There are some books that draw me into their world, their characters, so completely that I keep thinking about them after I’ve stopped reading. I want to know what happens “next,” even though the book has ended and the story is resolved (to some extent, depending on the book). Sometimes, I find myself reluctant to start another book, because I want to hold onto the feelings and thoughts generated by this first book. Ross Lawhead’s novel The Realms Thereunder was such a book.
I did not pick up The Realms Thereunder simply because it was written by Stephen Lawhead’s son. In fact, at first I wondered if the book would sell because of his name alone, whether it was well-written or not. I checked a few other reviews and the general consensus was that Ross is just as good a writer as his father. It’s been years since I read Taliesin, so I can’t compare the son to the father. I can say, however, that Ross Lawhead can stand on his own name as a writer.
The Realms Thereunder is set in England, where dark forces are conspiring against the island. Daniel Tully and Freya Reynolds discover a hidden, underground city when they get lost on a school field trip. There, they are sent on a quest and learn about sleeping knights, gnomes and other enchanted creatures. Daniel, who has troubles at school and a rough home life, relishes the adventure; Freya, who comes from a well-to-do family, just wants to get home again.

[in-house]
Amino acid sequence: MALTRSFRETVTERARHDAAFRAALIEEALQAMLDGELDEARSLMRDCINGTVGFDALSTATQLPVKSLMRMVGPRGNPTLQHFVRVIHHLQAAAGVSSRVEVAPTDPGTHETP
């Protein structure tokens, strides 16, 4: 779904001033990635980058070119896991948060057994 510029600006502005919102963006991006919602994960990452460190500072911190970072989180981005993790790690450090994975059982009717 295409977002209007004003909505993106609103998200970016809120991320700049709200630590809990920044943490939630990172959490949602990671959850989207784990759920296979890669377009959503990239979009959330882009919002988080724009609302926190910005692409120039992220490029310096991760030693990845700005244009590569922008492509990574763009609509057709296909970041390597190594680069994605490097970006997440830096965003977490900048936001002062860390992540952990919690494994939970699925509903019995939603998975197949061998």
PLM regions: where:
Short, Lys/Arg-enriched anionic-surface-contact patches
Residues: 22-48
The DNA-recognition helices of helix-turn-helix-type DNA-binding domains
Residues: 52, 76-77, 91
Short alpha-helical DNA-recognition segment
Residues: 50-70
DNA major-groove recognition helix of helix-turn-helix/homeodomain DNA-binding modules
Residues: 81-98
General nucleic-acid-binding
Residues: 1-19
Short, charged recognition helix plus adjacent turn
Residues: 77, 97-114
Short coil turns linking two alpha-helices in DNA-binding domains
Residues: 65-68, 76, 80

Eight years later, Freya is a student at Oxford with OCD tendencies and Daniel is living on the streets; both are trying to forget their underground adventures, but strange things are happening. When they run into each other again, neither is sure that they want to renew their friendship. Then Daniel is sent from our world to Elfland and Freya is kidnapped by a changeling. Each of them realizes that they need each other—and they need to go back to the underground city.
In many ways, The Realms Thereunder reminded me of The Lord of the Rings. Lawhead spins a similar story of a quest, of small people being given big tasks, of dragons and trolls and mythical creatures with varying roles to play in the story, of wise men and women, of riddles and ballads. Like LOTR, this is a trilogy, and while the first part of Daniel’s and Freya’s adventures concluded at the end of the novel, there is clearly more to come (in September 2012, when The Fearful Gates releases).
Fantasy fans will want to get their hands on this book (now that I’m done, I’m passing it on to my husband). From a writer’s point of view, Janet Sketchley raises some interesting points about the book in her review (yes, I noticed the typos in the book and found it interesting that editors at big-name publishing houses miss errors too).
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